#Bingeworthy: Season 5 of ‘The Americans’ Moves Toward the Endgame

One of the few knocks on The Americans, which just finished its excellent (if low-key) fifth season last week and is sure to garner Emmy nods for stars Keri Russell and Matthew Rhys, has been that the show moves so deliberately that it can be hard to keep its many plot threads straight. While I would argue that this kind of slow roll is a huge dramatic plus for the show, it also makes for the best kind of bingewatching.

Perennial Emmy buzz notwithstanding, there is little reason to bingewatch season 5 of a highly serialized, tightly plotted show like this one if you have not already seen the prior four, though that is easily fixed with a subscription to another video service that rhymes with Schlamazon Crime, and I cannot recommend more highly that you do that right now. The Americans’ reputation rightly precedes it as being terrific — and it is — but it seems to be one of those “I’ve been meaning to watch that” shows that never quite makes it over the hump into the cultural conversation.

As someone who has been watching since the beginning, and haranguing nearly everyone I come into contact with that YOU HAVE TO WATCH THIS SHOW, IT’S THE BEST (and if you are still reading this, I suspect that this describes you too), I am very leery to give anything away, so I am going to keep it as spoiler-free as I know how.

Season 5 is a departure from previous seasons, in that it ramps down the global stakes in favor of a close focus on the emotional toll their work is taking on deep-deep-deep-deep-cover Russian spies Philip and Elizabeth Jennings, and on their newly recruited daughter Paige. Still in the throes of a teen romance with the boy across the street — whose FBI-agent dad is just one of the many facets of Philip and Elizabeth’s assignment — Paige ended season 4 by seeing her mother kill a pair of muggers with her bare hands, and believe it or not her emotional freight only gets heavier.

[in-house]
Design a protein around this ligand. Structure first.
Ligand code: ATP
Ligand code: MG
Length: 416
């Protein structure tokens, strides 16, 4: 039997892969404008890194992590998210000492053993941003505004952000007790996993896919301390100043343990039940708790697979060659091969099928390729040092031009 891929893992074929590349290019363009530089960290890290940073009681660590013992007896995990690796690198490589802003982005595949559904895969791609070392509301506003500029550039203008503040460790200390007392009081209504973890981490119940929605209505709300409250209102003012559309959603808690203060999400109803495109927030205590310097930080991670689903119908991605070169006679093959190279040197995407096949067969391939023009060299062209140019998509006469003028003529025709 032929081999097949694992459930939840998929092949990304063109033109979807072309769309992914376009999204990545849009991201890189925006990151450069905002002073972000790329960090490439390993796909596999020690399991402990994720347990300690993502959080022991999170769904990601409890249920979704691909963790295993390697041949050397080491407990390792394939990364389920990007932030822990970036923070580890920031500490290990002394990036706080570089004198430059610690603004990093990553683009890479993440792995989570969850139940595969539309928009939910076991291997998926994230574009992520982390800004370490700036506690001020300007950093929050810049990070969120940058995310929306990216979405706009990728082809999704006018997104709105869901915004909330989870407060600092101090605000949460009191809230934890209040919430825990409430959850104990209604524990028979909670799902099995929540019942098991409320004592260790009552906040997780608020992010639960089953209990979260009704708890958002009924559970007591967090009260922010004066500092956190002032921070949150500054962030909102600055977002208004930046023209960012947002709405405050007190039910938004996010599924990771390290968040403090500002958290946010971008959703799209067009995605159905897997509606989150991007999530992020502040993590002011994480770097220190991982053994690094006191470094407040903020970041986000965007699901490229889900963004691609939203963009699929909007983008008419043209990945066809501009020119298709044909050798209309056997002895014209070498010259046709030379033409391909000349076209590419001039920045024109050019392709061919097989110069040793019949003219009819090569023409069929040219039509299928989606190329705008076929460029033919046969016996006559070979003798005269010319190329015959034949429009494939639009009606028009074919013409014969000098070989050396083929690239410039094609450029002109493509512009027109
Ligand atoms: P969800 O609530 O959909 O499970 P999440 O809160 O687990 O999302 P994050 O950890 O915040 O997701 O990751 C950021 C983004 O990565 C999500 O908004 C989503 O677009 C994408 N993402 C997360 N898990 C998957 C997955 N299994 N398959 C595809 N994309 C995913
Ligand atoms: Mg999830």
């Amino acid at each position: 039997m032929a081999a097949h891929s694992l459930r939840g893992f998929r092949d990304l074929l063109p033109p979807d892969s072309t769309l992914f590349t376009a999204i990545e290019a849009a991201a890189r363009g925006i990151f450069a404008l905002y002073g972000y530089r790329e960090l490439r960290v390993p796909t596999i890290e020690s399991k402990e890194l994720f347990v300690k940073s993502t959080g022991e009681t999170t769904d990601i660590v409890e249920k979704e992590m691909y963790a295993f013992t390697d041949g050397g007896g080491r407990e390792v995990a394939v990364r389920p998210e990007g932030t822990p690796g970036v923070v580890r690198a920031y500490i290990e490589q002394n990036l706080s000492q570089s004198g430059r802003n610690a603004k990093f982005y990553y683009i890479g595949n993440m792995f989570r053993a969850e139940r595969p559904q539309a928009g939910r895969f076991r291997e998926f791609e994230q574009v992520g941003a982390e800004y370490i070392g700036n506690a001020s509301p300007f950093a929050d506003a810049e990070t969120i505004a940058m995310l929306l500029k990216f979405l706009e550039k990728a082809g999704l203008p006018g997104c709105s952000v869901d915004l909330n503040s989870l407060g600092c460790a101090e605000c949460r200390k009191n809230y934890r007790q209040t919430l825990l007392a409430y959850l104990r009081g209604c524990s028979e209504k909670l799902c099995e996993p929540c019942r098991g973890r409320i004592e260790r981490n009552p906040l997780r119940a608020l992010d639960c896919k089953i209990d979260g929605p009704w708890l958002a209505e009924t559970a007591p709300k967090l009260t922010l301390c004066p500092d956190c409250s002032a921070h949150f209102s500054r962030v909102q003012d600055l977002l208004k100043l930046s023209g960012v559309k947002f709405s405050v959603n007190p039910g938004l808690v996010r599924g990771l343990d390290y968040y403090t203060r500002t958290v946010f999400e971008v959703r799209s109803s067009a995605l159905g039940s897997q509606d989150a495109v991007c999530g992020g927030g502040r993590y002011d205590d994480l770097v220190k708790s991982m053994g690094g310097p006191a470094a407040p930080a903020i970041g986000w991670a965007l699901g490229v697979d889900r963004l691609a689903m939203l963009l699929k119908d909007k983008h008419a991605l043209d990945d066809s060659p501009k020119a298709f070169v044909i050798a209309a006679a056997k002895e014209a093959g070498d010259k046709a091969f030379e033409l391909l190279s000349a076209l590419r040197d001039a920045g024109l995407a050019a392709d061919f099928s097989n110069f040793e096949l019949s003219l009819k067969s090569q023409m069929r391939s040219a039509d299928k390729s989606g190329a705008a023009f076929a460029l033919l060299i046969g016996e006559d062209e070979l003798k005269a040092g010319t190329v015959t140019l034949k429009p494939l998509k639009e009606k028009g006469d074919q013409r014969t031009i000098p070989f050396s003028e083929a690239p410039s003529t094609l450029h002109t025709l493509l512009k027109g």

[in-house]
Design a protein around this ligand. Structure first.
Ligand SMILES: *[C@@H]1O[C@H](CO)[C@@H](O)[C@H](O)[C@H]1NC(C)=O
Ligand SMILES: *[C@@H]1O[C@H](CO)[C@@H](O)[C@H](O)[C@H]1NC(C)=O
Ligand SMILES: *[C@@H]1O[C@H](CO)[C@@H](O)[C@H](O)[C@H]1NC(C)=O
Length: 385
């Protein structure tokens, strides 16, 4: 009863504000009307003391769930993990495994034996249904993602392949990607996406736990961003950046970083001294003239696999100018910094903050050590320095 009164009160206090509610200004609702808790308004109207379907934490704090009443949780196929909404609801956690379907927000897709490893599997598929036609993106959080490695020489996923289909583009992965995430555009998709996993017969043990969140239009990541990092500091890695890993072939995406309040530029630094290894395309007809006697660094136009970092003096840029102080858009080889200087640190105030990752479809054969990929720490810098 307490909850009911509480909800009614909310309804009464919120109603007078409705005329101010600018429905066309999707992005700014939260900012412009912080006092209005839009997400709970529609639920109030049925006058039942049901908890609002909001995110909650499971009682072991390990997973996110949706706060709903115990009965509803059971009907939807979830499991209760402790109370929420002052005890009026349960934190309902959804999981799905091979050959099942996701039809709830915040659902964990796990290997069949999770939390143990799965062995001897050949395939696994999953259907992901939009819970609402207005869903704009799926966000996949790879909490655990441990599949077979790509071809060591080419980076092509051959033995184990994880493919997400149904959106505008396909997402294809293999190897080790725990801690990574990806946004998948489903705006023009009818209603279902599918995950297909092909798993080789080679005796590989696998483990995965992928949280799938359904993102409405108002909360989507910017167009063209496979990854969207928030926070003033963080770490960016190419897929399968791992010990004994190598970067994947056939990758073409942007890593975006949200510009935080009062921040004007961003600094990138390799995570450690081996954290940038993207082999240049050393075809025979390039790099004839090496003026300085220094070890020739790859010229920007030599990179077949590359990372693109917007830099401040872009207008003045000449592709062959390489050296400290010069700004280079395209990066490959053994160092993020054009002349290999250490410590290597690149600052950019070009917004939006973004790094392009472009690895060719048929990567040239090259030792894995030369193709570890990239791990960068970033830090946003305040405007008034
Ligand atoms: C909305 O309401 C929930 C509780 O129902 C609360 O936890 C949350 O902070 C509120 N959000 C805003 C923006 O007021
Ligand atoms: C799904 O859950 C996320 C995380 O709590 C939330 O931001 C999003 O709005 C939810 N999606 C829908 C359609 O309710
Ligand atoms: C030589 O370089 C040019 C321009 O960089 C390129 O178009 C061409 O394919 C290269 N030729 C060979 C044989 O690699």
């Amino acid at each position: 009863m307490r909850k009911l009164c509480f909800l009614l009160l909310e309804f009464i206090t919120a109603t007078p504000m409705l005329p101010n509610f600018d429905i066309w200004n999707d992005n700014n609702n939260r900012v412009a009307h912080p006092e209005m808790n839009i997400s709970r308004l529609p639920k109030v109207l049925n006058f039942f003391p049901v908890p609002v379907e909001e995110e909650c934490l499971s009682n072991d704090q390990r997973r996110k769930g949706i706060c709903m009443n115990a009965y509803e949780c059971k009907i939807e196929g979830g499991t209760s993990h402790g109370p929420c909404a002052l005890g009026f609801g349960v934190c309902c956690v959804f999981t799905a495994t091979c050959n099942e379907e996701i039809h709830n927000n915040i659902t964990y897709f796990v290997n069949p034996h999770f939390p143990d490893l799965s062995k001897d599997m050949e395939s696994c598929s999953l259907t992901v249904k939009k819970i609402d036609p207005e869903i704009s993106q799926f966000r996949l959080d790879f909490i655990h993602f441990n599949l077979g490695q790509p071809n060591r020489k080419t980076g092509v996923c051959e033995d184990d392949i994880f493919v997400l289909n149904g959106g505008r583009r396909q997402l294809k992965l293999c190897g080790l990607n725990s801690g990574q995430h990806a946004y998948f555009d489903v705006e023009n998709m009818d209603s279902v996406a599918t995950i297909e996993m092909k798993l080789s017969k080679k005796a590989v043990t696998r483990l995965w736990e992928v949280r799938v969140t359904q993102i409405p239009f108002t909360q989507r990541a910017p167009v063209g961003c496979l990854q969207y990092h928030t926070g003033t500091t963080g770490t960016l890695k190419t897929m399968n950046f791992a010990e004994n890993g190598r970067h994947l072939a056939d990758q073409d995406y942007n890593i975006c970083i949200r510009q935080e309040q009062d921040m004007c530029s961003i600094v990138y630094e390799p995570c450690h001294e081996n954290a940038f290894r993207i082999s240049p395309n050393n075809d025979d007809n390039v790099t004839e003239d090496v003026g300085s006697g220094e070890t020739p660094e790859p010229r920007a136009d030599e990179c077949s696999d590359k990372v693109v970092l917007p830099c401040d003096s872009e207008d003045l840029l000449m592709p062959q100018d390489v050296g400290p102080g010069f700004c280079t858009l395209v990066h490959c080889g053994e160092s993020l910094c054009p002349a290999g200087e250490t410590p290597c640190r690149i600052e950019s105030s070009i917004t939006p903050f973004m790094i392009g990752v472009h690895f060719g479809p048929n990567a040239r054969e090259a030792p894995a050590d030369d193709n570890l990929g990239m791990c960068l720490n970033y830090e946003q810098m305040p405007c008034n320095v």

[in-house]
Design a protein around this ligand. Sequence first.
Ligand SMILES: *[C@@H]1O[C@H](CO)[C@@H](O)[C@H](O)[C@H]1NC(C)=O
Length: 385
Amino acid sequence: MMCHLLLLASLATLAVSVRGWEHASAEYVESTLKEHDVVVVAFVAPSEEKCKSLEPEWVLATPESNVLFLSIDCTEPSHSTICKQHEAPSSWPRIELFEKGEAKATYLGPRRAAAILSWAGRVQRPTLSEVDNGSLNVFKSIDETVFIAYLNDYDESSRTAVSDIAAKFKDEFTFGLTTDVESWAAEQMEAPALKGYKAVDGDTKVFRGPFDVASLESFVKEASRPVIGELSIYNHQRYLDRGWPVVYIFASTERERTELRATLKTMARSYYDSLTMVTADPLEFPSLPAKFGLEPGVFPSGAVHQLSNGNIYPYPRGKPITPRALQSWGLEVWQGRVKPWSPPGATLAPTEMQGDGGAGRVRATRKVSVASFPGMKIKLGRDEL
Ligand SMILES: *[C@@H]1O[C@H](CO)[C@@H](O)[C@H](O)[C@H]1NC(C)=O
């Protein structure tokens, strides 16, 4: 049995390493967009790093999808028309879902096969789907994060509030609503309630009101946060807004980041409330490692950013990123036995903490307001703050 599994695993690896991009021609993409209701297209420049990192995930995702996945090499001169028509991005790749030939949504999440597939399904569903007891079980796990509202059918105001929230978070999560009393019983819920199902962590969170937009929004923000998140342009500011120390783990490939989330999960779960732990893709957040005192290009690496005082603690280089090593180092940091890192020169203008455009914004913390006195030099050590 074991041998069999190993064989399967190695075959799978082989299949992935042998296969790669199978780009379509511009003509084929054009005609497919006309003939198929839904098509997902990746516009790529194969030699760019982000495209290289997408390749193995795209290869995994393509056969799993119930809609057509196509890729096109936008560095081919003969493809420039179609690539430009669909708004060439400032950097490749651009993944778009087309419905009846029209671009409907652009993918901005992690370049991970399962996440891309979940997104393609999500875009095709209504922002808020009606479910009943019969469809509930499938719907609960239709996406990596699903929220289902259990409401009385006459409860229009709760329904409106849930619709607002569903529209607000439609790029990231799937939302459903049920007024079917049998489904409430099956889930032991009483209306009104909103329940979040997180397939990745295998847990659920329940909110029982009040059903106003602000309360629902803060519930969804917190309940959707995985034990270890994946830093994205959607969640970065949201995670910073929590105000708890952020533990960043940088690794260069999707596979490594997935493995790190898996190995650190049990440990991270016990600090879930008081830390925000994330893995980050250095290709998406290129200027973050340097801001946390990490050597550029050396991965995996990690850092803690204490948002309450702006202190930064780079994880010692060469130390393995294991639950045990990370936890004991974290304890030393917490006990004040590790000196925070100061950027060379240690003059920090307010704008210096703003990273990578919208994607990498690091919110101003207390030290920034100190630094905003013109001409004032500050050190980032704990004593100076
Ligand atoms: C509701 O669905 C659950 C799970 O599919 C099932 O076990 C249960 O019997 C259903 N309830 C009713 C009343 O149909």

Her parents, meanwhile, begin the season dealing with the fallout from the Glanders operation, when fellow Russian “illegal” William decided to infect himself with virus rather than let it be weaponized. The Centre, it will come as little surprise, does not want to let it go at that, which leads the Jennings to begin to see things in a different light; their next operation takes them to Topeka, Kansas, and has them confronting an American plot against the Russian food supply every bit as monstrous as Glanders. But this operation is not like the others. Meanwhile, Stan and Oleg each deal with their own consequences from the Glanders operation — Oleg committed treason by tipping Stan off to William’s activities, which led to William’s suicide — as Stan makes a new acquaintance who sets off Phillip’s Spidey-sense. And oft-forgotten younger son Henry Jennings finally comes off the bench for a plot that complicates matters enormously.

Past seasons of The Americans have tended to focus a 13-episode arc on an overarching mission — last season it was Glanders, in season 3 it was Martha and recruiting Kimmy while wrapping their heads around recruiting their kids, season 2 was about stealing stealth aircraft technology — but season 5 sets itself apart by taking a step back from the high-stakes spycraft and boring into the Jennings’ emotional states. Phillip has wanted out since season 1, and the events of season 5 do little to change that, but the introduction of a few new characters — including Tuan, a Vietnamese refugee-turned-Russian-spy, whose commitment and ruthlessness makes him sort of like the son Elizabeth never had — and the return of Claudia, the Jennings’ second-favorite handler, serves to clarify things and point toward the final act. Oh, and if you thought you had seen every wig and costume combination in their arsenal, I am happy to report that you have not. 

Season 6 has already been confirmed to be the series’ last; I can’t overstate how dramatically satisfying this show has been through five seasons, thanks to its careful plotting, its attention to detail, and above all the stellar performances across the board (Matthew Rhys seems to have a limitless number of variations on “miserable but resigned”) and I have no doubt it will stick its landing. I feel like a crazy person, telling everyone I meet to watch this show, and once you get up to speed, you are very likely to feel the same.

Season 5 of The Americans is available on-demand on FX through July 4, 2017.

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